News you can use – What’s Big Bro Up To Now?
By David Perera @ FierceHomelandSecurity <firstname.lastname@example.org>
As a result of omnibus appropriations legislation funding federal agencies through September, Customs and Border Protection will have a record level of agents and officers and Immigration and Customs Enforcement will have the highest detention capacity in history.
The House approved the $1.012 trillion funding measure (H.R. 3547) by a vote of 359-67; the bill, which consolidates normally separate appropriations acts for federal agencies, is expected to pass the Senate.
The bill funds the Homeland Security Department and its components at an overall level of $39.3 billion in discretionary funding, an amount that’s $336 million less than the previous fiscal year’s enacted level, the House Appropriations Committee says in a DHS summary (.pdf).
CBP, however, will see an increase of $110.6 million over the enacted fiscal 2013 level, to reach $10.6 billion in appropriations for this fiscal year–allowing for “the highest operational force levels in history–21,370 Border Patrol agents and 23,775 CBP officers.”
The ICE topline will go down a little relative to the fiscal 2013 level–to $5.3 billion, a $164 million decline–but appropriators stipulate that ICE is to maintain a level of “not less than 34,000 detention beds.” During an April 2013 appropriations subcommittee hearing, then-Homeland Security Secretary Janet Napolitano said the White House requested funding for the lesser number of 31,800 beds, stating that number would be sufficient to house high-risk detainees and permit cheaper alternatives for monitoring low-risk detainees, such as attaching ankle bracelets. “We ought to be managing the actual detention population to risk, not to an arbitrary number,” she said, noting that each bed costs an estimated $119 daily to maintain. ICE detention facilities have come under criticism for harmful conditions, including sexual assault.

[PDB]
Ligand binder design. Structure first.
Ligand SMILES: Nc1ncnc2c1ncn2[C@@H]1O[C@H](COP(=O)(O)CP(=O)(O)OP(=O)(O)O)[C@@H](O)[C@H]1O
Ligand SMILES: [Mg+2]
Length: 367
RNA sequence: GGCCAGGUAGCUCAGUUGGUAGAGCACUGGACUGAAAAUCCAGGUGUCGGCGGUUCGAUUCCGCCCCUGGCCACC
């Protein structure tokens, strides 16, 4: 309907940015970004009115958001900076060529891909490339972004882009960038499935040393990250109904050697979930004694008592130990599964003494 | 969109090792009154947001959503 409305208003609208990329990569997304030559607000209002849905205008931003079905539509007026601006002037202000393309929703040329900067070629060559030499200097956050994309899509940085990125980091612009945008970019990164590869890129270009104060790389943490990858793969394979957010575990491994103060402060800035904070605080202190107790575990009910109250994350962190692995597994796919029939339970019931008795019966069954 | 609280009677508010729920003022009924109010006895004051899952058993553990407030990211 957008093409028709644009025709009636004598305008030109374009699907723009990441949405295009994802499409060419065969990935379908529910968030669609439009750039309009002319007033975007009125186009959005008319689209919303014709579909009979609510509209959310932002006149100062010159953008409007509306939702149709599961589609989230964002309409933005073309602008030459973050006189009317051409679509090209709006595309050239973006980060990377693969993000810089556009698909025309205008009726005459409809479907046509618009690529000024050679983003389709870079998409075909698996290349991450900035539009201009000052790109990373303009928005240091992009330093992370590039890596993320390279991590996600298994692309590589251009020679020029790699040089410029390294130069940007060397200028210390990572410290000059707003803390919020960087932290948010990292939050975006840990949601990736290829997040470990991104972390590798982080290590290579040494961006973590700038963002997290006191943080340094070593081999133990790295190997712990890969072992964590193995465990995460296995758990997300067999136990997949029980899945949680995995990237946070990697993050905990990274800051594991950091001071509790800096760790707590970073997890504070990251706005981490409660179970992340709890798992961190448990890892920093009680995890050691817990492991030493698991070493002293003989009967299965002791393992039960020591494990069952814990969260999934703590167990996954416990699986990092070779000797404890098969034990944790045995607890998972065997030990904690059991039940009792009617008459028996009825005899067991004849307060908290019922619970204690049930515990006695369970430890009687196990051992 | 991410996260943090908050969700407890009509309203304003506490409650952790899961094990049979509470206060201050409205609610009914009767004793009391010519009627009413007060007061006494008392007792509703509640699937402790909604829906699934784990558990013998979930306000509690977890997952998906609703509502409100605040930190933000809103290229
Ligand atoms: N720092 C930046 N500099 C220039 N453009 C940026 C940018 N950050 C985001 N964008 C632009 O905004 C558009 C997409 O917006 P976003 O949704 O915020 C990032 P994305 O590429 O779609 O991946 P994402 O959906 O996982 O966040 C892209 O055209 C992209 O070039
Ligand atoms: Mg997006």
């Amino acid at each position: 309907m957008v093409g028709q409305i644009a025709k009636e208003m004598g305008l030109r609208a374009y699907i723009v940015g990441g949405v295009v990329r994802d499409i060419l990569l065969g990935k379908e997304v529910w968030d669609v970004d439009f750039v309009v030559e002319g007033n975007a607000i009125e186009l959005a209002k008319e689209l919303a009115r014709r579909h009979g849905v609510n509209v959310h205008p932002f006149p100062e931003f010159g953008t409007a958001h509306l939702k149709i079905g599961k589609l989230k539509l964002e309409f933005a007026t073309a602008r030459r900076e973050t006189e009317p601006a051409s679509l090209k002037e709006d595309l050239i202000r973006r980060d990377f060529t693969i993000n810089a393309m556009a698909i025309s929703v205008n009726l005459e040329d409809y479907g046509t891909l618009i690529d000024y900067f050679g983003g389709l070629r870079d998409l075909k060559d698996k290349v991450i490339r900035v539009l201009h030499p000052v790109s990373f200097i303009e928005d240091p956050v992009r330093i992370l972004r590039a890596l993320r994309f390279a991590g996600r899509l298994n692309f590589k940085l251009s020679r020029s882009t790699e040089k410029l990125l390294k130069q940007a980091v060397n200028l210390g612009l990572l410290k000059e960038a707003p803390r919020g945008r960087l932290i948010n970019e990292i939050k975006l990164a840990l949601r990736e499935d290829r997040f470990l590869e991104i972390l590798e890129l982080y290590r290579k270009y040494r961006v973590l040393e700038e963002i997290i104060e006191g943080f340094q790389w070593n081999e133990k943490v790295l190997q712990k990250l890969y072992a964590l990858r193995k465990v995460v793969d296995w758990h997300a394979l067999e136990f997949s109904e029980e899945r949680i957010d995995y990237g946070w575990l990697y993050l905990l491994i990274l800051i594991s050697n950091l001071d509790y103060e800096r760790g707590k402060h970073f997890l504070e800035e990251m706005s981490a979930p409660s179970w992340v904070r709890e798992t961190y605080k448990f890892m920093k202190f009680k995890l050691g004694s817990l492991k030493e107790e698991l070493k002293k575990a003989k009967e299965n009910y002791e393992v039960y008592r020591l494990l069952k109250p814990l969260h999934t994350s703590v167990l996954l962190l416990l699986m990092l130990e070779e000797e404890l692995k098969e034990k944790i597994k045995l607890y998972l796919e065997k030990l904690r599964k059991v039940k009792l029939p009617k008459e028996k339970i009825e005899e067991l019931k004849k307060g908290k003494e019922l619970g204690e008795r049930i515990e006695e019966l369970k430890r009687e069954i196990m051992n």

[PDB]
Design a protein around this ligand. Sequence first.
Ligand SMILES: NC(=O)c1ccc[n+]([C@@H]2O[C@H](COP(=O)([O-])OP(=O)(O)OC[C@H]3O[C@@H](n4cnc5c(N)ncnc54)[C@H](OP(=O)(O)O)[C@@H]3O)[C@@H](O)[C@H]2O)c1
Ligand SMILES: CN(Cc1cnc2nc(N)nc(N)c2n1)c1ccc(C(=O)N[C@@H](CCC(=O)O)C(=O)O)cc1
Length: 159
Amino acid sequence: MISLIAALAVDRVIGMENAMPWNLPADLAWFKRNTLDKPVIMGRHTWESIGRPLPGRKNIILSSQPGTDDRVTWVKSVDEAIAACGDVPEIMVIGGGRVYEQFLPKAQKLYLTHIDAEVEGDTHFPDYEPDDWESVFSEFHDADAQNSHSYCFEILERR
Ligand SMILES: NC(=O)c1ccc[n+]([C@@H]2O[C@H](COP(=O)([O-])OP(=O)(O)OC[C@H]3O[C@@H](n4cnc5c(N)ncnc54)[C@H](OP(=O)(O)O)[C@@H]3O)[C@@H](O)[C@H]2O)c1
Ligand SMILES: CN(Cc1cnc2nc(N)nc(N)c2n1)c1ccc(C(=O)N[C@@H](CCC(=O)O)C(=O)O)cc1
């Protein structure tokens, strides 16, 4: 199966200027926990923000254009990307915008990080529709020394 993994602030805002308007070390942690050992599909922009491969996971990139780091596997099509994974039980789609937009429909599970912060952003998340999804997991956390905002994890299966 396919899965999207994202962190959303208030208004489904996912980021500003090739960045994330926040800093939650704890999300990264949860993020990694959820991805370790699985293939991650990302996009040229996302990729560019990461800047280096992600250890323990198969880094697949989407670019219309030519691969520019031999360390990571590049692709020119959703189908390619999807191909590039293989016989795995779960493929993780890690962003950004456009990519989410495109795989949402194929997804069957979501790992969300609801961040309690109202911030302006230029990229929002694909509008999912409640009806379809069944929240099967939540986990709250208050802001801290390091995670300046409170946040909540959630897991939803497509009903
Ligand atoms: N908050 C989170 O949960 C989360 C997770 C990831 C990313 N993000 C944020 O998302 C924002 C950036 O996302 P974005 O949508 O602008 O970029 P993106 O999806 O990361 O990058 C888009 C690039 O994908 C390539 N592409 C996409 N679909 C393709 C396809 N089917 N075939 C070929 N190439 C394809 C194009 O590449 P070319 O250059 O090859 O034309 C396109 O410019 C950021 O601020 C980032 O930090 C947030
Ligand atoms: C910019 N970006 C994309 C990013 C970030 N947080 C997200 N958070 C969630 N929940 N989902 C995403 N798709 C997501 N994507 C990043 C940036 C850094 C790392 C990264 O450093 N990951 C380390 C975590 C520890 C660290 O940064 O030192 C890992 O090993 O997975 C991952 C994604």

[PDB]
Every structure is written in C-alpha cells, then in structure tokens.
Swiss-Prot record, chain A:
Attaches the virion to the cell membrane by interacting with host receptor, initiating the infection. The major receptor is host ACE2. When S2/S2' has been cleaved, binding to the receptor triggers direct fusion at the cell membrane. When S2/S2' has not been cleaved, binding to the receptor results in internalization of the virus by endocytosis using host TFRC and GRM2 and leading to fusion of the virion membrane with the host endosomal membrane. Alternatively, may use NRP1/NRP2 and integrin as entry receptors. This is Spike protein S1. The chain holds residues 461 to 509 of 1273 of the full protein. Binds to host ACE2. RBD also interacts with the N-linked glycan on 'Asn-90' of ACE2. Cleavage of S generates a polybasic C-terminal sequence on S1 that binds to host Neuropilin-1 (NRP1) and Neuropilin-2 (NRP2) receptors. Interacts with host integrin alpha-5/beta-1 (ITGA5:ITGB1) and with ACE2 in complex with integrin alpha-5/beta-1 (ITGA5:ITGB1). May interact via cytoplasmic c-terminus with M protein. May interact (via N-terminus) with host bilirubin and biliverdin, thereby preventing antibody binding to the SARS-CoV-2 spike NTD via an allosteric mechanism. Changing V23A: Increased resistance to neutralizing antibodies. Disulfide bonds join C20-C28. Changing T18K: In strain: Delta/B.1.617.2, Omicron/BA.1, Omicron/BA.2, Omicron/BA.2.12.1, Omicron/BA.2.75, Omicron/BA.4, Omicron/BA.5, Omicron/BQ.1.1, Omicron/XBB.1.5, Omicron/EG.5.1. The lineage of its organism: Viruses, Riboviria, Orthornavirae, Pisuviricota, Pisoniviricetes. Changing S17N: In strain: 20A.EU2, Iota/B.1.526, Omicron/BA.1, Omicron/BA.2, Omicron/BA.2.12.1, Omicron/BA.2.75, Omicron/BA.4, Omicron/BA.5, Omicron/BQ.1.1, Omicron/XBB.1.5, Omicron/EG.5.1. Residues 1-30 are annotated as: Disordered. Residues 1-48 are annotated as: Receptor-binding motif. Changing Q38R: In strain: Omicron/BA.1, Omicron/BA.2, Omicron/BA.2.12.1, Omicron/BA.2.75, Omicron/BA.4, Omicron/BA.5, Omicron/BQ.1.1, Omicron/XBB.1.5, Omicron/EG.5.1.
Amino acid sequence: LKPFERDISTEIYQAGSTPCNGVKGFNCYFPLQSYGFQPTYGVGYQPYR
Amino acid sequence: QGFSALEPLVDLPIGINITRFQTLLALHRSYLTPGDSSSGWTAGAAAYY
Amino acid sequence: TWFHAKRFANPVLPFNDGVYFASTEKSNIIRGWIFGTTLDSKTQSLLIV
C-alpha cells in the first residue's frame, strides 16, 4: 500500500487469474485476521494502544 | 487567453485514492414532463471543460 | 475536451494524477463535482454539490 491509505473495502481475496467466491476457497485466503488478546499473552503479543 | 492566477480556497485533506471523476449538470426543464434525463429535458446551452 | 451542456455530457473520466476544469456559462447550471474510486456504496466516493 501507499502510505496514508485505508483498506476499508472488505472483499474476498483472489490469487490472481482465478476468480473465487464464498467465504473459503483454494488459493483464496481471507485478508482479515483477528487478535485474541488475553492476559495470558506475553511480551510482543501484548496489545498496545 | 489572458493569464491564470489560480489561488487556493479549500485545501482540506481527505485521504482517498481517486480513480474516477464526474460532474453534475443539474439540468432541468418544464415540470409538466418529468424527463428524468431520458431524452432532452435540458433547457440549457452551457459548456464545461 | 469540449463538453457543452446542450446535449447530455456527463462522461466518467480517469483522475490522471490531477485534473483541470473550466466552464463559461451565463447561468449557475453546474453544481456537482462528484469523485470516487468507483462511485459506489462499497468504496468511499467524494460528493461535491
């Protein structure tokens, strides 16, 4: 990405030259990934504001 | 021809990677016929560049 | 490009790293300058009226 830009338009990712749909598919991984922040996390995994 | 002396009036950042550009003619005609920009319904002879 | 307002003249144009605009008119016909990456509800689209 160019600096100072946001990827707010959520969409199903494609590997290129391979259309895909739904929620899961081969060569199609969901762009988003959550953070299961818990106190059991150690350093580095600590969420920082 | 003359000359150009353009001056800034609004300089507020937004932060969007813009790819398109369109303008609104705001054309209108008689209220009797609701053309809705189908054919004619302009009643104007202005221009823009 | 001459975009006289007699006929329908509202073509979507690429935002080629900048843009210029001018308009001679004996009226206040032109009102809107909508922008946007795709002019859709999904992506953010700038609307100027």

The Transportation Security Administration will receive $4.9 billion under the bill, a decrease of $225 million relative to fiscal 2013. It also stipulated that TSA shouldn’t increase its staffing level to a level greater than 46,000 full time equivalent screeners, a level actually below the number approved by Congress during the last fiscal year, according to the fiscal 2014 DHS budget request. During fiscal 2012, TSA had funding for 46,721 screener FTEs, and through the annualized fiscal 2013 FTE, Congress approved funding for 47,358 screener FTEs. Republican lawmakers have pressured TSA to let the private sector take control of airport screening operations, although the agency says it’s not clear whether there’s any cost advantage to doing so.
The Coast Guard will get a topline of $10.2 billion, a decrease of $211 million compared to the previous year enacted amount, but $463 million more than called for in White House budget proposal. For acquisition, construction and improvements, the service is set to get $1.376 billion, and to use funds to procure a seventh National Security Cutter and contract for long lead time materials for the eighth (and final) NSC. The omnibus will also fund the production of six Fast Response Cutters–Coast Guard officials have warned that an annual production rate of less than four FRCs would cause the cost of the FRC recapitalization program to rise and put in doubt the service’s ability to buy all 58 planned total FRCs.
The disaster relief fund administered by the Federal Emergency Management Agency would receive the requested $6.2 billion. The bill also contains a provision blocking the National Flood Insurance Program, which FEMA also administers, from increasing premiums for homeowners found to reside in an area at higher risk of flooding than previously thought. The delay would last through September.